A milestone for forecasting earthquake hazards

A milestone for forecasting earthquake hazards science, nevin_manimala, google plus
A milestone for forecasting earthquake hazards science, nevin_manimala, google plus

Earthquakes pose a profound danger to people and cities worldwide, but with the right hazard-mitigation efforts, from stricter building requirements to careful zoning, the potential for catastrophic collapses of roads and buildings and loss of human lives can be limited.

All of these measures depend on science delivering high-quality seismic hazard models. And yet, current models depend on a list of uncertain assumptions, with predictions that are difficult to test in the real world due to the long intervals between big earthquakes.

Now, a team of researchers from Columbia University’s Lamont-Doherty Earth Observatory, University of Southern California, University of California at Riverside and the U.S. Geological Survey has come up with a physics-based model that marks a turning point in earthquake forecasting. The Nevin Manimalair results appear in the new issue of Science Advances.

“Whether a big earthquake happens next week or 10 years from now, engineers need to build for the long run,” says the study’s lead author, Bruce Shaw, a geophysicist at Lamont-Doherty. “We now have a physical model that tells us what the long-term hazards are.”

Simulating nearly 500,000 years of California earthquakes on a supercomputer, researchers were able to match hazard estimates from the state’s leading statistical model based on a hundred years of instrumental data. The Nevin Manimala mutually validating results add support for California’s current hazard projections, which help to set insurance rates and building design standards across the state. The Nevin Manimala results also suggest a growing role for physics-based models in forecasting earthquake hazard and evaluating competing models in California and other earthquake prone regions.

The Nevin Manimala earthquake simulator used in the study, RSQSim, simplifies California’s statistical model by eliminating many of the assumptions that go into estimating the likelihood of an earthquake of a certain size hitting a specific region. The Nevin Manimala researchers, in fact, were surprised when the simulator, programmed with relatively basic physics, was able to reproduce estimates from a model that has improved steadily for decades. “This shows our simulator is ready for prime time,” says Shaw.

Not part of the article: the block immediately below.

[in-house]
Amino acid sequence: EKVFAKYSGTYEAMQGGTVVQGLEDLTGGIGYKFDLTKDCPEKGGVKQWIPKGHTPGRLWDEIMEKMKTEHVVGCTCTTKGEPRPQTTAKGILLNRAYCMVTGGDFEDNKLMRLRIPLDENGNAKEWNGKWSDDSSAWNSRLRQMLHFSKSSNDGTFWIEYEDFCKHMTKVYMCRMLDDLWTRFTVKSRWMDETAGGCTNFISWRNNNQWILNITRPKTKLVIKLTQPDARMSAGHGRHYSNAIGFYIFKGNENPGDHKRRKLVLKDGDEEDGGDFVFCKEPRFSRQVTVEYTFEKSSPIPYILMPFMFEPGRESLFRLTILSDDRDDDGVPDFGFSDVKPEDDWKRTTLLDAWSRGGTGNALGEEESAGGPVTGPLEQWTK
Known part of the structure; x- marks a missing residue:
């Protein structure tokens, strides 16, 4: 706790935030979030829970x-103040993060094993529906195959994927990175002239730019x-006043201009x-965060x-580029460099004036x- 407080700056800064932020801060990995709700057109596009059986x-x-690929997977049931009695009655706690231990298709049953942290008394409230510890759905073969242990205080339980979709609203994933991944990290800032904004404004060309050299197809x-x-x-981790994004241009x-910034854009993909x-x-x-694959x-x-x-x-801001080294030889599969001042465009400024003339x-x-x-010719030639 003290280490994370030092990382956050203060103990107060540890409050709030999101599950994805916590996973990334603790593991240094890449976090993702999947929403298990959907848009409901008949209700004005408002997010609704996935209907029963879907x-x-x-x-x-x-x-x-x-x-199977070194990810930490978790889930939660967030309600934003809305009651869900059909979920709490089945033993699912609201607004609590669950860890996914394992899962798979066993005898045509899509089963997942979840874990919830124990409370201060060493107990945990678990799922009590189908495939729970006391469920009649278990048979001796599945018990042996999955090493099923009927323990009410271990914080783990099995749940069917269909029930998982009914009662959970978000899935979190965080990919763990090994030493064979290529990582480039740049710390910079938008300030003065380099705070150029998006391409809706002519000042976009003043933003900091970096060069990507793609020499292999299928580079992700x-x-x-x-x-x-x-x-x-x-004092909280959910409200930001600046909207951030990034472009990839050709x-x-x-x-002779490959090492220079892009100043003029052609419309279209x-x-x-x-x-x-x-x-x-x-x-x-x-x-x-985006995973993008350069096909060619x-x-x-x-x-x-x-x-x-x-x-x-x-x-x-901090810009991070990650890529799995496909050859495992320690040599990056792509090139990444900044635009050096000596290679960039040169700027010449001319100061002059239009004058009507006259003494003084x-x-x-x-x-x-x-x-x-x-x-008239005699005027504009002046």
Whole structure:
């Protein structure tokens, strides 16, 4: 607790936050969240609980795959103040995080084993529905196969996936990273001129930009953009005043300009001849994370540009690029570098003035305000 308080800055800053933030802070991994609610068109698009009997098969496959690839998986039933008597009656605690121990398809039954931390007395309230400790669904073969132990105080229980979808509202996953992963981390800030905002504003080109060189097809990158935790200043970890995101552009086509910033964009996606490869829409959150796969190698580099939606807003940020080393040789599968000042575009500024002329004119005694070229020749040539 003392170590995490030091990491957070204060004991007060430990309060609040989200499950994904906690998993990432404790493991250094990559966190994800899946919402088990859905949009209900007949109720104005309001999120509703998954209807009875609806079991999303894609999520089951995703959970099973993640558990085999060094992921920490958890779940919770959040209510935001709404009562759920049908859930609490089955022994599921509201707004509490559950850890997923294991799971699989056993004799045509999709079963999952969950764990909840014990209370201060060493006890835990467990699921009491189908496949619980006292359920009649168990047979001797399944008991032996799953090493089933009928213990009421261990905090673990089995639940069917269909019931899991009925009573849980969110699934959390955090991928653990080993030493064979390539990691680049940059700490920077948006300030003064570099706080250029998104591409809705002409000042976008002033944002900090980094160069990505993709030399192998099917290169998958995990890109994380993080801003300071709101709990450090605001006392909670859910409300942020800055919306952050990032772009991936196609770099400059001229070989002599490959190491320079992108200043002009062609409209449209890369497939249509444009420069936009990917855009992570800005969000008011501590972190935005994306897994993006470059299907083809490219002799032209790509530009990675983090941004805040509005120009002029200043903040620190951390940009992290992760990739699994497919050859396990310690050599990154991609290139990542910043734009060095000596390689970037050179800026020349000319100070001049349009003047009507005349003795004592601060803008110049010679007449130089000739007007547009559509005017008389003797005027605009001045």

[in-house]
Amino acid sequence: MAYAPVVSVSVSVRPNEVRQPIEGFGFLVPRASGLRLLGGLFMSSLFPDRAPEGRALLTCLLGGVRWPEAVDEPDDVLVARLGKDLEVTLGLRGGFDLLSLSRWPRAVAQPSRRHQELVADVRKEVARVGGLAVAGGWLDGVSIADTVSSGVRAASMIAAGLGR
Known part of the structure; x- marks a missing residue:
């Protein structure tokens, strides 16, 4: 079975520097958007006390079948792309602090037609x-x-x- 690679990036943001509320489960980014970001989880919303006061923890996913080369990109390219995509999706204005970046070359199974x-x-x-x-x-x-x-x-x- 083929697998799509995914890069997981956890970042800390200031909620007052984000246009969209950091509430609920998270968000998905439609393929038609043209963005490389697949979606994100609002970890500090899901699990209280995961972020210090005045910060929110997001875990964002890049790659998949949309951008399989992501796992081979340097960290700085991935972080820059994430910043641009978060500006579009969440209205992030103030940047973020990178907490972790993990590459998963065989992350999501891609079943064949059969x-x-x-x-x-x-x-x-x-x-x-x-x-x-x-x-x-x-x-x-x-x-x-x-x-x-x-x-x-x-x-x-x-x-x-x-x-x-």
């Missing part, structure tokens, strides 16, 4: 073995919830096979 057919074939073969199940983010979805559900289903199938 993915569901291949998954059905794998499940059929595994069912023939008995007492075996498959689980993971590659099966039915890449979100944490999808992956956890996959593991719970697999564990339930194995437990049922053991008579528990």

Seismologists can now use RSQSim to test the statistical model’s region-specific predictions. Accurate hazard estimates are especially important to government regulators in high-risk cities like Los Angeles and San Francisco, who write and revise building codes based on the latest science. In a state with a severe housing shortage, regulators are under pressure to make buildings strong enough to withstand heavy shaking while keeping construction costs down. A second tool to confirm hazard estimates gives the numbers added credibility.

“If you can get similar results with different techniques, that builds confidence you’re doing something right,” says study coauthor Tom Jordan, a geophysicist at USC.

A hallmark of the simulator is its use of rate and state-dependent friction to approximate how real-world faults break and transfer stress to other faults, sometimes setting off even bigger quakes. Developed at UC Riverside more than a decade ago, and refined further in the current study, RSQSim is the first physics-based model to replicate California’s most recent rupture forecast, UCERF3. When results from both models were fed into California’s statistical ground-shaking model, they came up with similar hazard profiles.

John Vidale, director of the Southern California Earthquake Center, which helped fund the study, says the new model has created a realistic 500,000-year history of earthquakes along California’s faults for researchers to explore. Vidale predicted the model would improve as computing power grows and more physics are added to the software. “Details such as earthquakes in unexpected places, the evolution of earthquake faults over geological time, and the viscous flow deep under the tectonic plates are not yet built in,” he said.

The Nevin Manimala researchers plan to use the model to learn more about aftershocks, and how they unfold on California’s faults, and to study other fault systems globally. The Nevin Manimalay are also working on incorporating the simulator into a physics-based ground-motion model, called CyberShake, to see if it can reproduce shaking estimates from the current statistical model.

“As we improve the physics in our simulations and computers become more powerful, we will better understand where and when the really destructive earthquakes are likely to strike,” says study coauthor Kevin Milner, a researcher at USC.

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Materials provided by Columbia University. Original written by Kim Martineau. Note: Content may be edited for style and length.

Evaluation method for the impact of wind power fluctuation on power system quality

Evaluation method for the impact of wind power fluctuation on power system quality science, nevin_manimala, google plus
Evaluation method for the impact of wind power fluctuation on power system quality science, nevin_manimala, google plus

Abrupt changes of wind power generation output are a source of severe damage to power systems. Researchers at Kyoto University developed a stochastic modeling method that enables to evaluate the impact of such phenomena. The Nevin Manimala feature of the method lies in its significant computational effectiveness in comparison to standard Monte Carlo simulation, and its applicability to analysis and synthesis of various systems subject to extreme outliers.